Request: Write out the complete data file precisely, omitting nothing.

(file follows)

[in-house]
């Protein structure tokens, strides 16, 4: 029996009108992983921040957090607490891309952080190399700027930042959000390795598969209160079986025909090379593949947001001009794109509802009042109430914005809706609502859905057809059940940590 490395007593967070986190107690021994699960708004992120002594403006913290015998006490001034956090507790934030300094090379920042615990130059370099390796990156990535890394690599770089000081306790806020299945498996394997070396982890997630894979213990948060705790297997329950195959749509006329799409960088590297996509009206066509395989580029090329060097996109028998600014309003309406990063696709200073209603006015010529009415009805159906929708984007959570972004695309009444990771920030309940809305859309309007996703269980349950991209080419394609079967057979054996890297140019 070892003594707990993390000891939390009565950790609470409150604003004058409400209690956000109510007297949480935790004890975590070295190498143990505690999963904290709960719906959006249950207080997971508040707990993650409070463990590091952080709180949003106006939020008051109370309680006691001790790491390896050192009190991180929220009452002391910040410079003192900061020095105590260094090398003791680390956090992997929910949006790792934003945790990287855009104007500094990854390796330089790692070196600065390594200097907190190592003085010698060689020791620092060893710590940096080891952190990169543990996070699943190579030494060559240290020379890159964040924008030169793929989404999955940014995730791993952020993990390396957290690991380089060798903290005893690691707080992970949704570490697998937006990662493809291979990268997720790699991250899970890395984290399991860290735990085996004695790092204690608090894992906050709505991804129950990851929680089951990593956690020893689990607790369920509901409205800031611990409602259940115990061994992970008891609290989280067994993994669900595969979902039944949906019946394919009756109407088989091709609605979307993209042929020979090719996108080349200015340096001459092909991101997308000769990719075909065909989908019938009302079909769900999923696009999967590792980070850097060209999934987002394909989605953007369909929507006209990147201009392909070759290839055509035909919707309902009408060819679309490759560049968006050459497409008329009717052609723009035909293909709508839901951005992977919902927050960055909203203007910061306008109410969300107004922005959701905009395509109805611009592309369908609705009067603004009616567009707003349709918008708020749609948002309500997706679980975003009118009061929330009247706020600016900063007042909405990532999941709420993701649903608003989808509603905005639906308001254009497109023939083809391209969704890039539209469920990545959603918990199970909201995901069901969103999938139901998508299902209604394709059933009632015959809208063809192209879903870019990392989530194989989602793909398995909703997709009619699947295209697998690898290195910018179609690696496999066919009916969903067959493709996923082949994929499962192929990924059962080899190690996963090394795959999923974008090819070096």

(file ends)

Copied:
[in-house]
């Protein structure tokens, strides 16, 4: 029996009108992983921040957090607490891309952080190399700027930042959000390795598969209160079986025909090379593949947001001009794109509802009042109430914005809706609502859905057809059940940590 490395007593967070986190107690021994699960708004992120002594403006913290015998006490001034956090507790934030300094090379920042615990130059370099390796990156990535890394690599770089000081306790806020299945498996394997070396982890997630894979213990948060705790297997329950195959749509006329799409960088590297996509009206066509395989580029090329060097996109028998600014309003309406990063696709200073209603006015010529009415009805159906929708984007959570972004695309009444990771920030309940809305859309309007996703269980349950991209080419394609079967057979054996890297140019 070892003594707990993390000891939390009565950790609470409150604003004058409400209690956000109510007297949480935790004890975590070295190498143990505690999963904290709960719906959006249950207080997971508040707990993650409070463990590091952080709180949003106006939020008051109370309680006691001790790491390896050192009190991180929220009452002391910040410079003192900061020095105590260094090398003791680390956090992997929910949006790792934003945790990287855009104007500094990854390796330089790692070196600065390594200097907190190592003085010698060689020791620092060893710590940096080891952190990169543990996070699943190579030494060559240290020379890159964040924008030169793929989404999955940014995730791993952020993990390396957290690991380089060798903290005893690691707080992970949704570490697998937006990662493809291979990268997720790699991250899970890395984290399991860290735990085996004695790092204690608090894992906050709505991804129950990851929680089951990593956690020893689990607790369920509901409205800031611990409602259940115990061994992970008891609290989280067994993994669900595969979902039944949906019946394919009756109407088989091709609605979307993209042929020979090719996108080349200015340096001459092909991101997308000769990719075909065909989908019938009302079909769900999923696009999967590792980070850097060209999934987002394909989605953007369909929507006209990147201009392909070759290839055509035909919707309902009408060819679309490759560049968006050459497409008329009717052609723009035909293909709508839901951005992977919902927050960055909203203007910061306008109410969300107004922005959701905009395509109805611009592309369908609705009067603004009616567009707003349709918008708020749609948002309500997706679980975003009118009061929330009247706020600016900063007042909405990532999941709420993701649903608003989808509603905005639906308001254009497109023939083809391209969704890039539209469920990545959603918990199970909201995901069901969103999938139901998508299902209604394709059933009632015959809208063809192209879903870019990392989530194989989602793909398995909703997709009619699947295209697998690898290195910018179609690696496999066919009916969903067959493709996923082949994929499962192929990924059962080899190690996963090394795959999923974008090819070096």